SYDNEY: Analysts have again cut forecasts for Australian economic growth following a deeply disappointing end to last year when weakness in consumption and slumping house prices overwhelmed strength in the labour market.
Economists polled by Reuters forecast Australia's A$1.9 trillion ($1.4 trillion) annual gross domestic product (GDP) would expand 2.2 percent in 2019, down from a prediction of 2.7 percent in the previous poll.
Growth was seen picking up to 2.6 percent in 2020, though that would still be short of the 2.75 percent rate considered trend.
"Housing and the consumer remain at the epicentre of the domestic slowdown. Developments on both fronts continue to point to the 2018 drag carrying into 2019," said Westpac senior economist Matthew Hassan.
"We expect growth to remain at a subdued 2.2 percent pace throughout 2019 and 2020."
The slowdown has fuelled speculation the Reserve Bank of Australia (RBA) would have to cut interest rates from already record lows to shore up activity.
Just this week, RBA Deputy Governor Guy Debelle acknowledged economic output had disappointed but argued the continued strength of employment might presage an upturn.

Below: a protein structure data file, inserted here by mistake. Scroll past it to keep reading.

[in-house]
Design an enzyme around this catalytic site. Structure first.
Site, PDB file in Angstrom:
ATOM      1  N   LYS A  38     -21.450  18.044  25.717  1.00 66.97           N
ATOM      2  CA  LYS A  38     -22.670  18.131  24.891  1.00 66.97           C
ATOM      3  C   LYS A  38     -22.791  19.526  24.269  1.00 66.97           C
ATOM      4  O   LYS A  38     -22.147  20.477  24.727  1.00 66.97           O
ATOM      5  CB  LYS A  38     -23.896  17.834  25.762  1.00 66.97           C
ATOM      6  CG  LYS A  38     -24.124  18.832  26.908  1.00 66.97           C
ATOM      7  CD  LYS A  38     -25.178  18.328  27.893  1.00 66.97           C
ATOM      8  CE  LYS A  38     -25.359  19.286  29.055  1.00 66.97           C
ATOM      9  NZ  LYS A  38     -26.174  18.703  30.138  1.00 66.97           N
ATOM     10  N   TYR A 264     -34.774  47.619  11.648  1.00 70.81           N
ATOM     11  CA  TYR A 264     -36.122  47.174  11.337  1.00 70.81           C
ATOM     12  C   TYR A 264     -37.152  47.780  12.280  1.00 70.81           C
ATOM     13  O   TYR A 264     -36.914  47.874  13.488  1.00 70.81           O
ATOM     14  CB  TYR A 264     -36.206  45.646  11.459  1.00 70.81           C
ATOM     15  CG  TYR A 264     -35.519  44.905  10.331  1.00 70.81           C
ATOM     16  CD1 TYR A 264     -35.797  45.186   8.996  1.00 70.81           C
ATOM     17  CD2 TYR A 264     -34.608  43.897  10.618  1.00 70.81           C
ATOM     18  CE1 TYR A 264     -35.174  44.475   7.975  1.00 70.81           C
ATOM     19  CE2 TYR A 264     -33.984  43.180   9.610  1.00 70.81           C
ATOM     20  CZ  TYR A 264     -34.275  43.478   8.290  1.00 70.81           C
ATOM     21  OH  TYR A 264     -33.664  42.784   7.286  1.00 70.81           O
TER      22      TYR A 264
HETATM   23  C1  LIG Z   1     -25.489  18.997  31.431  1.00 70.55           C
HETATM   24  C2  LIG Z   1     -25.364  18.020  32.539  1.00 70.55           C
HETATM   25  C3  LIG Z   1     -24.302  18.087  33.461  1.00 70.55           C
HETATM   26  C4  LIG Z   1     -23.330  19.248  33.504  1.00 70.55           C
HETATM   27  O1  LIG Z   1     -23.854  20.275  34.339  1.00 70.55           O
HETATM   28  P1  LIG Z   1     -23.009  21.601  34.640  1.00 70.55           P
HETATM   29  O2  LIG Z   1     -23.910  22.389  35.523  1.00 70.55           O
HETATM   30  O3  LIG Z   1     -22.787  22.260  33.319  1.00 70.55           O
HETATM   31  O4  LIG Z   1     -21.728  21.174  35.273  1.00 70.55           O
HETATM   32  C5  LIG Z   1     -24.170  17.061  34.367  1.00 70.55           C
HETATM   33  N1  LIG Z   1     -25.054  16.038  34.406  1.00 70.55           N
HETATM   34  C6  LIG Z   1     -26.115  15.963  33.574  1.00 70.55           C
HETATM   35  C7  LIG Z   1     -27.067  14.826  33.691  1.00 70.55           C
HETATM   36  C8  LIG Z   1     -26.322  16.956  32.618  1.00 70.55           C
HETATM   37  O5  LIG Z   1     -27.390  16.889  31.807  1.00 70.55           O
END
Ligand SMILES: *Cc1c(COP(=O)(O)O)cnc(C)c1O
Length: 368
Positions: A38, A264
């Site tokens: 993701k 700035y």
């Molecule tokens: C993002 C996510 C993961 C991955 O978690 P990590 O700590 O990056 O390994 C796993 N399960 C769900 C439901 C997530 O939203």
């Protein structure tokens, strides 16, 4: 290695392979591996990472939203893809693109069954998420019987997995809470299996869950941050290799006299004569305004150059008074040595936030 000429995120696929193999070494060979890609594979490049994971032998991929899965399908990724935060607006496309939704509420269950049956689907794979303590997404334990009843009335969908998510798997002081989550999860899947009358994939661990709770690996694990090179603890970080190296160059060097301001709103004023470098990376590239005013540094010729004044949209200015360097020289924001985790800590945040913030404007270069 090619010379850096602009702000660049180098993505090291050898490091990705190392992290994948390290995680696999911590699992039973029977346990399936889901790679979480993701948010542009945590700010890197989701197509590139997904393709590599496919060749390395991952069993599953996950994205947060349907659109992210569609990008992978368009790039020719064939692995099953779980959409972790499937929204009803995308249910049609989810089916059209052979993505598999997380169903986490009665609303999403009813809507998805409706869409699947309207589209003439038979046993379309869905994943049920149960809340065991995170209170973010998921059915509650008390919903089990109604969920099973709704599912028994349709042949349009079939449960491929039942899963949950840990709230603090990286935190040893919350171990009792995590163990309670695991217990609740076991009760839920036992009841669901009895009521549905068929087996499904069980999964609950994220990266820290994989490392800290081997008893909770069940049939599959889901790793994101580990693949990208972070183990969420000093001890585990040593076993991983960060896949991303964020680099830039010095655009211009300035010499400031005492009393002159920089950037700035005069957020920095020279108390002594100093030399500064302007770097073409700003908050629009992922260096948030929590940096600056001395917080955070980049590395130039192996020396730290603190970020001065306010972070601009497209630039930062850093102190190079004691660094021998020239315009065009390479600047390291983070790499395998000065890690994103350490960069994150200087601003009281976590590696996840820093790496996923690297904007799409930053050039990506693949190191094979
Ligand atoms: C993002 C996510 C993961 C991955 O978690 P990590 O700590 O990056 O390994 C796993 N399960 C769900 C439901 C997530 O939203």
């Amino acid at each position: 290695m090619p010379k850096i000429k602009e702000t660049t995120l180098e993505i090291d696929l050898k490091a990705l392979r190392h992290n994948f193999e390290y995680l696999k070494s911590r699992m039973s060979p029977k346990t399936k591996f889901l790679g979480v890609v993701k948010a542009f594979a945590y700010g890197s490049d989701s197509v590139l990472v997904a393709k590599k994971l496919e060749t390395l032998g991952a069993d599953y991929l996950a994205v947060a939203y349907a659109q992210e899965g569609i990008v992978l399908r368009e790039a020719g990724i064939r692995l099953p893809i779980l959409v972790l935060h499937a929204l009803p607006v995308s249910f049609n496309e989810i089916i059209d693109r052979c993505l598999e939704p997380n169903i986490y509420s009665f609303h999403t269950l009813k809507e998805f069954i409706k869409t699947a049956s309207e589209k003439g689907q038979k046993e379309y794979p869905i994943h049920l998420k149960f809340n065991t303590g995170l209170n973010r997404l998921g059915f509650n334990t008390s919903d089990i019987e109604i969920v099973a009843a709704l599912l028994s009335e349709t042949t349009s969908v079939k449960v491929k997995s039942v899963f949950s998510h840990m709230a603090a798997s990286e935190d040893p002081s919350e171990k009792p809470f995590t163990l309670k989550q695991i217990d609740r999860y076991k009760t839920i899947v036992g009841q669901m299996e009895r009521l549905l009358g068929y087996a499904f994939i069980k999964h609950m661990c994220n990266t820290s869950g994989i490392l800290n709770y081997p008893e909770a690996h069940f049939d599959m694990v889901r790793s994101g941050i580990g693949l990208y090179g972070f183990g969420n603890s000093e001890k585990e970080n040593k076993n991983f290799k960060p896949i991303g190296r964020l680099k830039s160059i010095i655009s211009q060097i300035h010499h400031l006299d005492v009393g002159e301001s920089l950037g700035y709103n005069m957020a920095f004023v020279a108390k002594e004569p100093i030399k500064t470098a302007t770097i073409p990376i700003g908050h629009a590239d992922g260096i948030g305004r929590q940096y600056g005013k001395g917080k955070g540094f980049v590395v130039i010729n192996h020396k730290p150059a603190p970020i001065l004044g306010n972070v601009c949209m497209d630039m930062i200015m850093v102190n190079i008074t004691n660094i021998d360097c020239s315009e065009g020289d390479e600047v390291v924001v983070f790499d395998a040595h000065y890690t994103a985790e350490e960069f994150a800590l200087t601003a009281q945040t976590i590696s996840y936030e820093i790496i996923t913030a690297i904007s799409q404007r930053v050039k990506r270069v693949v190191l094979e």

Australia's conservative government has also chipped in some fiscal stimulus for the second half of this year with a budget full of tax breaks and infrastructure spending.
The government faces an election on May 18 and is trailing badly in opinion polls.
"A disposable income boost would alleviate some of the strains on household budgets and reduce the downside risks to consumer spending," said CBA chief economist Michael Blythe.
He estimated planned tax cuts would have the same economic impact as two quarter-point cuts in interest rates.
"The lift in transport infrastructure spending will help support demand in the short term, and lift incomes and productivity over the longer haul," he added.
There is plenty of scope for stimulus as inflation remains well-contained, having run below the RBA's 2-3 percent target band for two whole years.
The latest poll showed analysts expected inflation of just 1.9 percent for this year, rising marginally to 2.2 percent in 2020. - Reuters